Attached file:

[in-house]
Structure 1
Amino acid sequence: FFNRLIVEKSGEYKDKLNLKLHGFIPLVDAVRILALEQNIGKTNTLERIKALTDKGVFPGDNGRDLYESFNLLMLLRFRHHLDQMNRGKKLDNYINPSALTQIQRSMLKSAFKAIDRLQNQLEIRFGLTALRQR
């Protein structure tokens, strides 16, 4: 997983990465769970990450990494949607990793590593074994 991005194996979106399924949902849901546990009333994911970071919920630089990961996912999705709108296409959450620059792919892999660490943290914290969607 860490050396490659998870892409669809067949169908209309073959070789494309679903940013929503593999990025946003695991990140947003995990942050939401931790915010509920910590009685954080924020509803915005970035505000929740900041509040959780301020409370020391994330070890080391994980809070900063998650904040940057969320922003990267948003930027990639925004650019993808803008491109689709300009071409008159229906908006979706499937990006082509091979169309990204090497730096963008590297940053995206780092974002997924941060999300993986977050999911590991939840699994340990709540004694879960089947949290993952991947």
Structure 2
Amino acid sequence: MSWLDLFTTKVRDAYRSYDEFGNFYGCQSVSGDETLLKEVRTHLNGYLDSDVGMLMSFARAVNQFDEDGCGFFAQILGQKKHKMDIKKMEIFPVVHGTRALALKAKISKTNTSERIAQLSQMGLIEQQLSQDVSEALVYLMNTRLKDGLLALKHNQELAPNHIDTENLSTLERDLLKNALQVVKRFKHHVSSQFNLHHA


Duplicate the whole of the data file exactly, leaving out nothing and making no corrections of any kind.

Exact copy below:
[in-house]
Structure 1
Amino acid sequence: FFNRLIVEKSGEYKDKLNLKLHGFIPLVDAVRILALEQNIGKTNTLERIKALTDKGVFPGDNGRDLYESFNLLMLLRFRHHLDQMNRGKKLDNYINPSALTQIQRSMLKSAFKAIDRLQNQLEIRFGLTALRQR
């Protein structure tokens, strides 16, 4: 997983990465769970990450990494949607990793590593074994 991005194996979106399924949902849901546990009333994911970071919920630089990961996912999705709108296409959450620059792919892999660490943290914290969607 860490050396490659998870892409669809067949169908209309073959070789494309679903940013929503593999990025946003695991990140947003995990942050939401931790915010509920910590009685954080924020509803915005970035505000929740900041509040959780301020409370020391994330070890080391994980809070900063998650904040940057969320922003990267948003930027990639925004650019993808803008491109689709300009071409008159229906908006979706499937990006082509091979169309990204090497730096963008590297940053995206780092974002997924941060999300993986977050999911590991939840699994340990709540004694879960089947949290993952991947």
Structure 2
Amino acid sequence: MSWLDLFTTKVRDAYRSYDEFGNFYGCQSVSGDETLLKEVRTHLNGYLDSDVGMLMSFARAVNQFDEDGCGFFAQILGQKKHKMDIKKMEIFPVVHGTRALALKAKISKTNTSERIAQLSQMGLIEQQLSQDVSEALVYLMNTRLKDGLLALKHNQELAPNHIDTENLSTLERDLLKNALQVVKRFKHHVSSQFNLHHA